Photo from the Library of Congress If you’re one of the handful of pop culture luddites like me who were unfamiliar with Lizzo, I offer a brief introduction. She’s a 34-year-old internationally renowned singer, songwriter, rapper, Grammy winner, and oh-by-the-way, classically trained flutist. She might also be called, and I don’t think she’d mind, a … Continue reading Lizzo and the Magic Flute: Why This Story Matters…
It all seemed so simple. For our weekly Zoom get-together with friends, one woman suggested a discussion of a rather quirky event: an organ recital of a work by American composer John Cage. But is it 2 hours with an intermission? No. Perhaps, since John Cage was known for his innovations, it would take place over a day or two? Nope.
Ah, the image: I am seated at a magnificent golden harp, my flowing blonde tresses resting on my shoulders, my tall, slender body leaning slightly forward, long fingers playing glissando after glissando. I am just warming up, but I am already enraptured.
Oh, the reality: It’s true that I’m thin and have long fingers. The rest of the description is more problematic.
When Colin Kaepernick, the former NFL football quarterback, took a knee (knelt) during The Star-Spangled Banner at the start of the games, he created quite the uproar. I have written that I felt his using his visibility to call attention to the injustices against African-Americans and other minorities was in the best tradition of nonviolent protest. He paid a heavy price for his actions: though he reached a settlement with the National Football League and is now a free agent, to date no team has been willing to sign him.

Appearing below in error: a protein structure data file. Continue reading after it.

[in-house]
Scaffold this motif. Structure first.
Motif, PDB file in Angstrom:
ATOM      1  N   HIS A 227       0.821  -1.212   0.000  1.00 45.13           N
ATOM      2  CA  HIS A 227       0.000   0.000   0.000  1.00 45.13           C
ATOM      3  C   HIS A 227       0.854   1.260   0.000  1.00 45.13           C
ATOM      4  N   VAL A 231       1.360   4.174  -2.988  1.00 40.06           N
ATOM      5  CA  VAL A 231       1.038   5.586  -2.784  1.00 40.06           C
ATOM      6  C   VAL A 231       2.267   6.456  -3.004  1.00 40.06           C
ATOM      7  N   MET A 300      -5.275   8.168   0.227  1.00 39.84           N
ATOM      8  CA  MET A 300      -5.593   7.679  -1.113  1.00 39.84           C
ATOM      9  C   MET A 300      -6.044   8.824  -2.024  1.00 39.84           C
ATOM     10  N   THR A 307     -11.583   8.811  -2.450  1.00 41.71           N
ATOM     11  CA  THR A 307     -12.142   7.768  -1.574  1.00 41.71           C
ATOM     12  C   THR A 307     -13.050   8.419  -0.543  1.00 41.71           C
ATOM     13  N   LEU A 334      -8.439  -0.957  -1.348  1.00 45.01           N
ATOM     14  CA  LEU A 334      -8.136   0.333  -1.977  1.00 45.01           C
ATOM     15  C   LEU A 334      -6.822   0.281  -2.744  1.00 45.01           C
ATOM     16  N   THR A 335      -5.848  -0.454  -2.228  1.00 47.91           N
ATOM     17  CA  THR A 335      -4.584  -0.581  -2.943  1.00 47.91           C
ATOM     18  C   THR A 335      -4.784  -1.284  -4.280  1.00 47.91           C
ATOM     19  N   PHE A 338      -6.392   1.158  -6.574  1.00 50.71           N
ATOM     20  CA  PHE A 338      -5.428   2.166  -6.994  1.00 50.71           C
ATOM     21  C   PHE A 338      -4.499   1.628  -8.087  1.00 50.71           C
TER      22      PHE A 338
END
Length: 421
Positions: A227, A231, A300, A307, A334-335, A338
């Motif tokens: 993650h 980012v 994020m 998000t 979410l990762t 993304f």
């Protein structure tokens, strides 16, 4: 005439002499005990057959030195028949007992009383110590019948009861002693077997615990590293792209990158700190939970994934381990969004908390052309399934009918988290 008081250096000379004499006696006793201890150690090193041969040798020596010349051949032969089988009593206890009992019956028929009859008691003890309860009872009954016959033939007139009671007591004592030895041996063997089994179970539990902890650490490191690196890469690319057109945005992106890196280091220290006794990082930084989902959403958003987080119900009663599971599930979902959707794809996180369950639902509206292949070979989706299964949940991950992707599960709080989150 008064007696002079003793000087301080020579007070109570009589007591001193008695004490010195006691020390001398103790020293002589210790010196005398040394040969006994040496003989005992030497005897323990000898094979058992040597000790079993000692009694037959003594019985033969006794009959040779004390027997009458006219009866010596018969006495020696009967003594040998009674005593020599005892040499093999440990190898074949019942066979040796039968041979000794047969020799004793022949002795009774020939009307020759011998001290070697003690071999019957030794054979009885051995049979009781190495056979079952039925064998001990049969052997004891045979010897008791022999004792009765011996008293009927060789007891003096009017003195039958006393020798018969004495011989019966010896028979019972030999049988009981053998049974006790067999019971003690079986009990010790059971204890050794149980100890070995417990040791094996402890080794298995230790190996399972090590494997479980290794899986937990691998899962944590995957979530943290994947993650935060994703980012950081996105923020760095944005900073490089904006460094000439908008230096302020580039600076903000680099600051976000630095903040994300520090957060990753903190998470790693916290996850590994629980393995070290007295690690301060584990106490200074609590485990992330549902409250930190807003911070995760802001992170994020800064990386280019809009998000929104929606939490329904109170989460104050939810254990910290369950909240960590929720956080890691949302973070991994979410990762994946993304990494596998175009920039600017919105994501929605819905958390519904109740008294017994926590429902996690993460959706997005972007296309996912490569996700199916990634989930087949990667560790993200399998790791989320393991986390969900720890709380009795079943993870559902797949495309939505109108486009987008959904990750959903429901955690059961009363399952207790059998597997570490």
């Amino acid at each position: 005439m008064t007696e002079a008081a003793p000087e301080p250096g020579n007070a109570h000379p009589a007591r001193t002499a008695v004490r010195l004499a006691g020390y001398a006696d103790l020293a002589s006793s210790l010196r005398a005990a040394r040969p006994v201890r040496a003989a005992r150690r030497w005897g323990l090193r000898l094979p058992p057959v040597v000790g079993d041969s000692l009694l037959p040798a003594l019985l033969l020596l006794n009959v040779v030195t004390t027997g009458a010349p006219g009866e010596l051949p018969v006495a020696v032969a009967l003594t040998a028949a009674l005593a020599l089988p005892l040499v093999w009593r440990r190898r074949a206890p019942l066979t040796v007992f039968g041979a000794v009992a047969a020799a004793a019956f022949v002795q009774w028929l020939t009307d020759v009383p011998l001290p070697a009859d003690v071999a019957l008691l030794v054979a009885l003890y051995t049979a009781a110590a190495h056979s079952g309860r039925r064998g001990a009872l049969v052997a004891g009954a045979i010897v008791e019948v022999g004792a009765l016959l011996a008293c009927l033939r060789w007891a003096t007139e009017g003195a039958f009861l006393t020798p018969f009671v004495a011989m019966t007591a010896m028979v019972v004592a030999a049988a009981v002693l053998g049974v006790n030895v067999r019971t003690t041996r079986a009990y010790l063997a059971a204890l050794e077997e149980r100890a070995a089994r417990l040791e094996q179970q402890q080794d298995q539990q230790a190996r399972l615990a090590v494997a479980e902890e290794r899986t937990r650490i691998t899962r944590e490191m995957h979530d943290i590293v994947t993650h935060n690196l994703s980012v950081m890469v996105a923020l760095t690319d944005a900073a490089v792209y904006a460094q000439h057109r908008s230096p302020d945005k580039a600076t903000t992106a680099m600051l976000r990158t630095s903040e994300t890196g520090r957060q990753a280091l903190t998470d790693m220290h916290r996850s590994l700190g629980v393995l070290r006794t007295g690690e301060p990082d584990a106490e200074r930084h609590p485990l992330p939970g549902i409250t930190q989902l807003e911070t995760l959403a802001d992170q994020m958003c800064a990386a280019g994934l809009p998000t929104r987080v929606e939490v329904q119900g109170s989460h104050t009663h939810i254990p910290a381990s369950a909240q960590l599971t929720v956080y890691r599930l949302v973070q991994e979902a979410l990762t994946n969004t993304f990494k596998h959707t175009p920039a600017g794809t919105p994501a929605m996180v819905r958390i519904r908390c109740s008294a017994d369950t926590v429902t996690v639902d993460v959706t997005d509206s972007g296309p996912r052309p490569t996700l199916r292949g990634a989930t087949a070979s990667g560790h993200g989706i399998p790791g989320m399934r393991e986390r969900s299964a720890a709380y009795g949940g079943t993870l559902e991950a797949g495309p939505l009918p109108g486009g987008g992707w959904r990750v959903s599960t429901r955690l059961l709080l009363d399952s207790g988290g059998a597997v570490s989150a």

Anna Celenza, Professor of Music at Georgetown University, discusses Kaepernick’s protest in her introduction to a One Day University lecture titled: “Four Musical Masterpieces That Changed America.” I found her talk, which I watched on video, so enlightening that I’d like to provide you with some highlights. I’ve also added a bit of research from other sources.
I can’t carry a tune, and no one would ever accuse me of having perfect pitch. But I love music—so many different kinds of music, preferably live. At some point in my life, I’m determined to see Bruce Springsteen in concert—even though I hate crowds.
But one type of music really transports me: the fully realized magnificence of a fine symphony orchestra. Fortunately, there is such an orchestra that performs fairly close to my home, and my husband and I have had a series subscription with friends for the past few years.
Thursday night was the season finale—and it was a whopper, appropriately titled the “Blockbuster All-Orchestral Season Finale.” For those of you who don’t love classical music, imagine attending a concert given by your very favorite band, and I think you’ll get the mood...